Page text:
Girls 5×09 – 5×10: ‘Love Stories / I Love You Baby”: Real progress

Girls 5x10 Cover

There’s something inherently satisfying about the end of this season of Girls, more so than other seasons.  Other seasons had the characters lost in their ways, trying to find clarity and purpose only to find nothing on the other side but more questions.  Here, even though the characters are still certainly struggling, there’s a sense that they’re moving toward some inevitable destination, that they’re growing up in some fashion and are figuring out who they are and how they fit into the world.

Source: HBO

Source: HBO

It’s a horribly difficult task, to figure out who you are and how you fit into the world.  It involves taking risks that might lead you to more loss and harm, and it involves gambling on your identity, potentially finding that you’re not who you think you are.  Personal story: I thought, for my whole life, that I wanted to be a teacher, only to hate the actual job when I got into the classroom. I had made a miscalculation, not only about public education, but also about myself and what I wanted out of life.  As I grew as a person and as I became more confident in my identity, I found that I wanted something more than what teaching had to offer.  And that’s okay.  People grow, people change, and their needs and desires change with that.  I’m pursuing digital communication and web development now, and I feel better, like the path I’m on is my own instead of what I thought I wanted as a kid.

Source: HBO

Source: HBO

This season may have occasionally pushed Hannah to the side, but the season finale put her front and center, showing how Fran and teaching isn’t the life that she wants for herself and that she wants to go back to pursuing writing as a career.  It’s a great story that takes her on an adventure with Tally (her nemesis from Season 1), where she comes to terms with her identity as a writer and the reality of simply existing.  Tally is deeply struggling mentally and emotionally as a result of her fame as a writer, and while it may seem like a problem that doesn’t mean much, it makes Hannah realize that there’s struggle inherent in being a person.  Being a teacher, being a writer, she’s going to have trouble no matter what she does.  Hannah has been afraid for so long of dealing with adversity, and these two episodes show her finding the strength to push forward.

Source: HBO

Source: HBO

It’s what pushes her to tell her story at an event for The Moth.  She has to rely on only herself once she realizes that she can’t use notes while telling her story.  She has to face fear and adversity in order to make any progress.  And it’s a lesson that everybody is learning this season.  Shoshanna, after failing in Japan and moving back to America, finds her voice through working as a marketing agent for Ray.  Marnie, after finding that her romantic fantasy (Desi) is simply fantasy, finds solace with Ray, rekindling their romantic relationship.  Elijah is finding that he wants to approach relationships in a different fashion after having strong feelings for a man who doesn’t feel the same way.  And Jessa and Adam, after existing in a state of fantasy all season, find out how the past rears its ugly head during relationships, no matter how hard you try to dismiss it.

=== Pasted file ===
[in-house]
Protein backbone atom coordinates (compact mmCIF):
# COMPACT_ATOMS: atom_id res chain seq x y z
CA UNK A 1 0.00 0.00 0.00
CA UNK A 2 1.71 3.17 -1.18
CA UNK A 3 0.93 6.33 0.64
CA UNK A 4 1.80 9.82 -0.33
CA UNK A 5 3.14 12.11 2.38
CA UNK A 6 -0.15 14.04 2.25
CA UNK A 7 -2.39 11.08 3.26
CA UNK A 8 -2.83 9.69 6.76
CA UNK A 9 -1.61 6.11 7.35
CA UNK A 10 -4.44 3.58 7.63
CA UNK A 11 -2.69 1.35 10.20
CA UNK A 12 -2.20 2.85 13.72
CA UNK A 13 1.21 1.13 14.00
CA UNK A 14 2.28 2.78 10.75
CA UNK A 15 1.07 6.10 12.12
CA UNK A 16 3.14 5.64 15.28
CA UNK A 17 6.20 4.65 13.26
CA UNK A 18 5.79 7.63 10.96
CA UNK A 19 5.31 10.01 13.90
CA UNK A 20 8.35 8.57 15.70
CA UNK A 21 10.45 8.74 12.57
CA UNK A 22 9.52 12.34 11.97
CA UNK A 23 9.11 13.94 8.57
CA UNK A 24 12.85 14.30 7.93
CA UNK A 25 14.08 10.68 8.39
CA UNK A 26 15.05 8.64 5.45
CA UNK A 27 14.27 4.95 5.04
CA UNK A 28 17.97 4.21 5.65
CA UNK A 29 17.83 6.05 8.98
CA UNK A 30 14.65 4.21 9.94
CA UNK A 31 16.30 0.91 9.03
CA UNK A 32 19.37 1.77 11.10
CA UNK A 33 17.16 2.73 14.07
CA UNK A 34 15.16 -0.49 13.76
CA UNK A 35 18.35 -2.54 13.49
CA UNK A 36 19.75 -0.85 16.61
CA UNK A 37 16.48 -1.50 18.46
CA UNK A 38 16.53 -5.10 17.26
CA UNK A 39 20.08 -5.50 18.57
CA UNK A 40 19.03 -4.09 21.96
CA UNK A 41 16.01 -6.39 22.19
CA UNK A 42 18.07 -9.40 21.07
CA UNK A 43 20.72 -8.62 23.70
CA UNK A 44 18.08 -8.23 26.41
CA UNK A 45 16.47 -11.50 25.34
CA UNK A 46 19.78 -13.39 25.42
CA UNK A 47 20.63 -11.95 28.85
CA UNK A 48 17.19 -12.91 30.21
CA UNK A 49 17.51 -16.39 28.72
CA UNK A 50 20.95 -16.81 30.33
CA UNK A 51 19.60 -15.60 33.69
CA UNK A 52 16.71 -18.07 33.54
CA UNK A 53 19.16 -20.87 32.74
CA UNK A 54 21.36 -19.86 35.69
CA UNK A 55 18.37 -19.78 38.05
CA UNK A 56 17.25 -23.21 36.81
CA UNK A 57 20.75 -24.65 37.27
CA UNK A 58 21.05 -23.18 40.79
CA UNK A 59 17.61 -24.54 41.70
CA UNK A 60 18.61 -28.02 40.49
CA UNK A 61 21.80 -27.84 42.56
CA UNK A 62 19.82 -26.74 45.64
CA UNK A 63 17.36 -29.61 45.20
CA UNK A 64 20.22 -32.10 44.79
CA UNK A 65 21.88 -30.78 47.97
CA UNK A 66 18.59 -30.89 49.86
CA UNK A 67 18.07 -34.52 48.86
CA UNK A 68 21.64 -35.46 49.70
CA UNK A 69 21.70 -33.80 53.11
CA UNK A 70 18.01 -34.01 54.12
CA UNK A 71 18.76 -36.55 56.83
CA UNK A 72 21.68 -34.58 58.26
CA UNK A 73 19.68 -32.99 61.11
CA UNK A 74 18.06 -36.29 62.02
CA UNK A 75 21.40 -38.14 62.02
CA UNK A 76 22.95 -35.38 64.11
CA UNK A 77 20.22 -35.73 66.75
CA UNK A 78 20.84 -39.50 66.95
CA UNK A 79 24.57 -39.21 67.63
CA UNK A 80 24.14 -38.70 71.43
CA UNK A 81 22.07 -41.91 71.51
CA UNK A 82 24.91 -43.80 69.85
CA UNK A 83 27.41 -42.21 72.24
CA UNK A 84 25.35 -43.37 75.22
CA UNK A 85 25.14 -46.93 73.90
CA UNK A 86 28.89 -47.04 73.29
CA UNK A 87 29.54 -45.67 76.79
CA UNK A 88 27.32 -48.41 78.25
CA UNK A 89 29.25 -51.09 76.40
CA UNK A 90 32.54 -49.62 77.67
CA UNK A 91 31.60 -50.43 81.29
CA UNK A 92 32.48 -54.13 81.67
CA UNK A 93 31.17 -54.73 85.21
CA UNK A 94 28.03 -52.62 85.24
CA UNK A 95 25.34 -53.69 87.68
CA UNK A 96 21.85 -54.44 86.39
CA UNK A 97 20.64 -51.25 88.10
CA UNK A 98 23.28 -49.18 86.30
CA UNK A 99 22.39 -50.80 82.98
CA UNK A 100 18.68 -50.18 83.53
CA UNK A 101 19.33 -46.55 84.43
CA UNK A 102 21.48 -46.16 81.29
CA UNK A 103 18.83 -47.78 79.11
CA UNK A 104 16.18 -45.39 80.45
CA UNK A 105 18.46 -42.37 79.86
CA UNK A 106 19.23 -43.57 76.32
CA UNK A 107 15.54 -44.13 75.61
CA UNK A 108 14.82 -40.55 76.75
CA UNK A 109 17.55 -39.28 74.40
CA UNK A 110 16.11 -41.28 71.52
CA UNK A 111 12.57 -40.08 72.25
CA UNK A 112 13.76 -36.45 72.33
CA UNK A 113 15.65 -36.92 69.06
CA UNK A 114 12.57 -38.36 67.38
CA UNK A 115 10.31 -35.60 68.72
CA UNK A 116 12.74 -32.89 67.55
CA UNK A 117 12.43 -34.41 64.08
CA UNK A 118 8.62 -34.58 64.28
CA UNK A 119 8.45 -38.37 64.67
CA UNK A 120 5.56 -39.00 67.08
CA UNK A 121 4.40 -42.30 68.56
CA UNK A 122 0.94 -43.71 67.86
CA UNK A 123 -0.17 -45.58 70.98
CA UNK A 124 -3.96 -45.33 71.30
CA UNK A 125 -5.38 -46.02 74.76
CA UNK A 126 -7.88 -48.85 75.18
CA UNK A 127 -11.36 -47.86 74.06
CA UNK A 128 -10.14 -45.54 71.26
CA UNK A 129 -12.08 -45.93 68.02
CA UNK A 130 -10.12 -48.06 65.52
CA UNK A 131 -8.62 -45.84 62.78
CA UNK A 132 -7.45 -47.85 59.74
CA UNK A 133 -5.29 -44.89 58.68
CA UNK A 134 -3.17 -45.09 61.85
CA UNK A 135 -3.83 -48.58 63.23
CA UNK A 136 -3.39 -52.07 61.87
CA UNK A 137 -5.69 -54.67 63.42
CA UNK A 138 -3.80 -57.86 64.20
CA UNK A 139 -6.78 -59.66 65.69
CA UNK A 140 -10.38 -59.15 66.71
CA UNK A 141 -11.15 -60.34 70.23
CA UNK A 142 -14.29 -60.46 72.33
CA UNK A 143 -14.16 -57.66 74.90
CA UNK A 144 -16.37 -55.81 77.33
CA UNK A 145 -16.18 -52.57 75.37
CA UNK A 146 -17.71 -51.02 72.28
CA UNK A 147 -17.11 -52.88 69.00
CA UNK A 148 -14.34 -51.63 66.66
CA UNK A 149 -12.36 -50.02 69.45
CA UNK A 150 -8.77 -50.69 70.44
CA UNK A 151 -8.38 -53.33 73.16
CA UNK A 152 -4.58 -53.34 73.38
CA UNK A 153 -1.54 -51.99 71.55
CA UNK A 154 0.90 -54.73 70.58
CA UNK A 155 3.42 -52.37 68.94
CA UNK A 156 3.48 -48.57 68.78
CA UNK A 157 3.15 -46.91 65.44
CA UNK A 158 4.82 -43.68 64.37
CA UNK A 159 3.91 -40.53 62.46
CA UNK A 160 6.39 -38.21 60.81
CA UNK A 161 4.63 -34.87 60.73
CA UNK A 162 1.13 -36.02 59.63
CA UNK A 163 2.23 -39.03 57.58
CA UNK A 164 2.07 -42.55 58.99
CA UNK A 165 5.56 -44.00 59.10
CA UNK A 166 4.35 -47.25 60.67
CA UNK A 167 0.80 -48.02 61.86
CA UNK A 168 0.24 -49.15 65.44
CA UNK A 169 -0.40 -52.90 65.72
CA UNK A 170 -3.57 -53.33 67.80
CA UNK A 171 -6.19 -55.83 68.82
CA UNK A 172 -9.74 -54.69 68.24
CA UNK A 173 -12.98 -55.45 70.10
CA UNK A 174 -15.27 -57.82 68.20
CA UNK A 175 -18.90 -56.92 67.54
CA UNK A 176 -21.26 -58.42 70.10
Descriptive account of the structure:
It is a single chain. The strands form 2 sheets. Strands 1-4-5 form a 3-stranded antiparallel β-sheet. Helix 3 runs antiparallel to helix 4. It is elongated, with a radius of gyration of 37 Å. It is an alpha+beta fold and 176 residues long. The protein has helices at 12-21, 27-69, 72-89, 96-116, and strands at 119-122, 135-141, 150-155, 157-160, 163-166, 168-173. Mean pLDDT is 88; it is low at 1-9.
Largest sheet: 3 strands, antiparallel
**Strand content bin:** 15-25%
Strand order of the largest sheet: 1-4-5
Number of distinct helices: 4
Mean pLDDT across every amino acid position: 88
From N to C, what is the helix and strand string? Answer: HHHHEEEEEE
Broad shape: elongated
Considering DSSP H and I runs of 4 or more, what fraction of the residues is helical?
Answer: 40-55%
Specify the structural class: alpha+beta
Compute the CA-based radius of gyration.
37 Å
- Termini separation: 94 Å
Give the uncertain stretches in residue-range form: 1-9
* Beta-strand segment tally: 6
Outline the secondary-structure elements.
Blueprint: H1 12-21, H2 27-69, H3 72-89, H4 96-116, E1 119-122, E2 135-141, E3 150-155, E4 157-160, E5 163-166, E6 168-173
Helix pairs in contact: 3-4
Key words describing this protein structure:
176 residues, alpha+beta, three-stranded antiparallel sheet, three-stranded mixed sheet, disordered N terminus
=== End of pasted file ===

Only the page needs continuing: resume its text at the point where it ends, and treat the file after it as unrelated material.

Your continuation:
Source: HBO

Source: HBO

Jessa and Adam’s lesson is the most visceral, as the fight they had is very intense and very disturbing.  They scream, they swear, they throw things at each other, they physically assault each other, and while it’s all very intense, I found myself more interested in why this was happening.  Jessa and Adam have lived in a fantasy world all season, living on the surface of their relationship, essentially existing in this state of delusional bliss.  But.  Jessa harbors feelings of resentment because of the deterioration of her relationship with Hannah.  Adam is under extreme stress because his family is falling apart.  And these are things that they HAVE to deal with, that they can’t push away.  In the end, they do deal with it, as they end up having sex on the floor of the destroyed apartment, but the bliss is gone.  They’re in a real relationship now, and they have to figure out how to go from there (or even if they want to go from there).

Season 5 of Girls has been absolutely phenomenal, almost as good as the transcendent Season 2.  It takes these people, who have struggled to find who they are and what their place is for so long, and positions them for a great push in the final season of the show.  Some of what can feel difficult about Girls is the sense of stagnation, how progress moves back and forth and doesn’t really stick.  But here, in the finale of Season 5, we finally get some catharsis.  The freeze frame that closes the season is a step that feels like progress, like Hannah has finally succeeded at something and is ready to move on.  Of course, she’ll struggle and fail and be miserable.  But that’s just part of life.  And she knows that now.

What did you think of this double episode?  Are you as happy with this season as I am?  Let me know in the comments!

Michael St. Charles

is just a Michigan State University grad who loves a good story. If he’s not off teaching the young ones how to solve quadratic functions or to write an expository essay, he’s watching old-school HBO shows, indie horror movies, or he’s playing Resident Evil 4.

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